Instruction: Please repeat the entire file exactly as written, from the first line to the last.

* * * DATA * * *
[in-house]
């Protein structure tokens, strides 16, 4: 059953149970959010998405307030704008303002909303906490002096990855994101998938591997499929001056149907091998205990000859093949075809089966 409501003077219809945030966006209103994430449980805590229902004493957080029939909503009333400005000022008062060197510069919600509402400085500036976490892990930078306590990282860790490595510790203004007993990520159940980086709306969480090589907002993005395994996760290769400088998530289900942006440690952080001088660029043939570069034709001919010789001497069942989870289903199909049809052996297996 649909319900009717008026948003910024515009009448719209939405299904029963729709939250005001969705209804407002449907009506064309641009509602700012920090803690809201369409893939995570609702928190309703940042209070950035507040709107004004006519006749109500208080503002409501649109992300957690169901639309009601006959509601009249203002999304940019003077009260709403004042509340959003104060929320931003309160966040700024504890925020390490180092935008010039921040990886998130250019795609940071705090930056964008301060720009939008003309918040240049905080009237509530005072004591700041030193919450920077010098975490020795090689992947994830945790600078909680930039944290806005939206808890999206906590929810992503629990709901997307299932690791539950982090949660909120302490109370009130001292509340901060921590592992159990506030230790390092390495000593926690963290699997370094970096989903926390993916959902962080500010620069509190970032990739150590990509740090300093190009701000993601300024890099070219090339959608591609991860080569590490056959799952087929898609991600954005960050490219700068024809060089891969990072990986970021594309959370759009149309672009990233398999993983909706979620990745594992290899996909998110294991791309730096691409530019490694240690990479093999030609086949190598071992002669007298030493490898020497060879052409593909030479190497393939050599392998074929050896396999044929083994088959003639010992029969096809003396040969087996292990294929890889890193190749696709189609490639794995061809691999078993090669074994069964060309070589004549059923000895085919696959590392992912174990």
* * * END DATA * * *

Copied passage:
[in-house]
């Protein structure tokens, strides 16, 4: 059953149970959010998405307030704008303002909303906490002096990855994101998938591997499929001056149907091998205990000859093949075809089966 409501003077219809945030966006209103994430449980805590229902004493957080029939909503009333400005000022008062060197510069919600509402400085500036976490892990930078306590990282860790490595510790203004007993990520159940980086709306969480090589907002993005395994996760290769400088998530289900942006440690952080001088660029043939570069034709001919010789001497069942989870289903199909049809052996297996 649909319900009717008026948003910024515009009448719209939405299904029963729709939250005001969705209804407002449907009506064309641009509602700012920090803690809201369409893939995570609702928190309703940042209070950035507040709107004004006519006749109500208080503002409501649109992300957690169901639309009601006959509601009249203002999304940019003077009260709403004042509340959003104060929320931003309160966040700024504890925020390490180092935008010039921040990886998130250019795609940071705090930056964008301060720009939008003309918040240049905080009237509530005072004591700041030193919450920077010098975490020795090689992947994830945790600078909680930039944290806005939206808890999206906590929810992503629990709901997307299932690791539950982090949660909120302490109370009130001292509340901060921590592992159990506030230790390092390495000593926690963290699997370094970096989903926390993916959902962080500010620069509190970032990739150590990509740090300093190009701000993601300024890099070219090339959608591609991860080569590490056959799952087929898609991600954005960050490219700068024809060089891969990072990986970021594309959370759009149309672009990233398999993983909706979620990745594992290899996909998110294991791309730096691409530019490694240690990479093999030609086949190598071992002669007298030493490898020497060879052409593909030479190497393939050599392998074929050896396999044929083994088959003639010992029969096809003396040969087996292990294929890889890193190749696709189609490639794995061809691999078993090669074994069964060309070589004549059923000895085919696959590392992912174990």